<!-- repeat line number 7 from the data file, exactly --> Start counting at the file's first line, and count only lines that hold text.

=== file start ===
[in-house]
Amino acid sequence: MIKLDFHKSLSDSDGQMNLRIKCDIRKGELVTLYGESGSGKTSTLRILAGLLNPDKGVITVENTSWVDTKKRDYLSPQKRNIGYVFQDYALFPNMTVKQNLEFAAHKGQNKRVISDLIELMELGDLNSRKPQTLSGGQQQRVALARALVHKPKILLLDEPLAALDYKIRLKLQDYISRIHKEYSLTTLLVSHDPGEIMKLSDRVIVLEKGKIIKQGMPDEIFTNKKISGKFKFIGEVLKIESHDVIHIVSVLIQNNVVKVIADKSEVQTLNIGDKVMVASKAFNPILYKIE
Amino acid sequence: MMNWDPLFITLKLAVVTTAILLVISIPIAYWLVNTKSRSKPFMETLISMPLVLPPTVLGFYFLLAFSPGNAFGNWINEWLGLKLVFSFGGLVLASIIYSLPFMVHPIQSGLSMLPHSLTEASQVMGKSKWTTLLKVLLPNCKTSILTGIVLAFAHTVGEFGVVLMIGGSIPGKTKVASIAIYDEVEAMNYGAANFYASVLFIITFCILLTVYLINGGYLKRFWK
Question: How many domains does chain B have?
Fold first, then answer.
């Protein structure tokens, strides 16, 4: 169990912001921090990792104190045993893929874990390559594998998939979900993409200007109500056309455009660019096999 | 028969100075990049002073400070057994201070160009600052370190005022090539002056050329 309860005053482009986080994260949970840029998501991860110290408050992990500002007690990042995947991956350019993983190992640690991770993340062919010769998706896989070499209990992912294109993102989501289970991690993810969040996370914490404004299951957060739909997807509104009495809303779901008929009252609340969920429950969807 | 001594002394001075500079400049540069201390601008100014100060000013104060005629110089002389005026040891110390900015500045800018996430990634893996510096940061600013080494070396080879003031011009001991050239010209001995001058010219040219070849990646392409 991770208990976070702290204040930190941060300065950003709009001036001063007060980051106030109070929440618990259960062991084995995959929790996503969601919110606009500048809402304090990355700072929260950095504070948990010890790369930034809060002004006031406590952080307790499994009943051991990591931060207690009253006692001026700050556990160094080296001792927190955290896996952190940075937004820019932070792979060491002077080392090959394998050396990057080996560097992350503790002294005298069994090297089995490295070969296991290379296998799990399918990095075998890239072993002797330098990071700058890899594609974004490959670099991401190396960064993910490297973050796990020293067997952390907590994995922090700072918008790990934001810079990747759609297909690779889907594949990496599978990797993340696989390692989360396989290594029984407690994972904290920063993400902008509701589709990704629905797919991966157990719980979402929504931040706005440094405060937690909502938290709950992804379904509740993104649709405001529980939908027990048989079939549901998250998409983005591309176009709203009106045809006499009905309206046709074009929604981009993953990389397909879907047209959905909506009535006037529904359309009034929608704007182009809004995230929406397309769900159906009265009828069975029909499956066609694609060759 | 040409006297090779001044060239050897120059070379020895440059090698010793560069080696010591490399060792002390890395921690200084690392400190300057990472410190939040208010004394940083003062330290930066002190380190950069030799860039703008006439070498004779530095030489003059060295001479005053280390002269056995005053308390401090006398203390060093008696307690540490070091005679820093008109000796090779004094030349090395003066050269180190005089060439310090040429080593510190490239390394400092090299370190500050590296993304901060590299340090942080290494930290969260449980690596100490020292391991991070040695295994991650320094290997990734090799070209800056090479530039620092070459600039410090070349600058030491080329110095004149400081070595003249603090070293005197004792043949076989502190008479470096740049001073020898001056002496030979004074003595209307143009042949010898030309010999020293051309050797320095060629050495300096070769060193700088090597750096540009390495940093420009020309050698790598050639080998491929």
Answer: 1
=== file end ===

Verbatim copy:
Answer: 1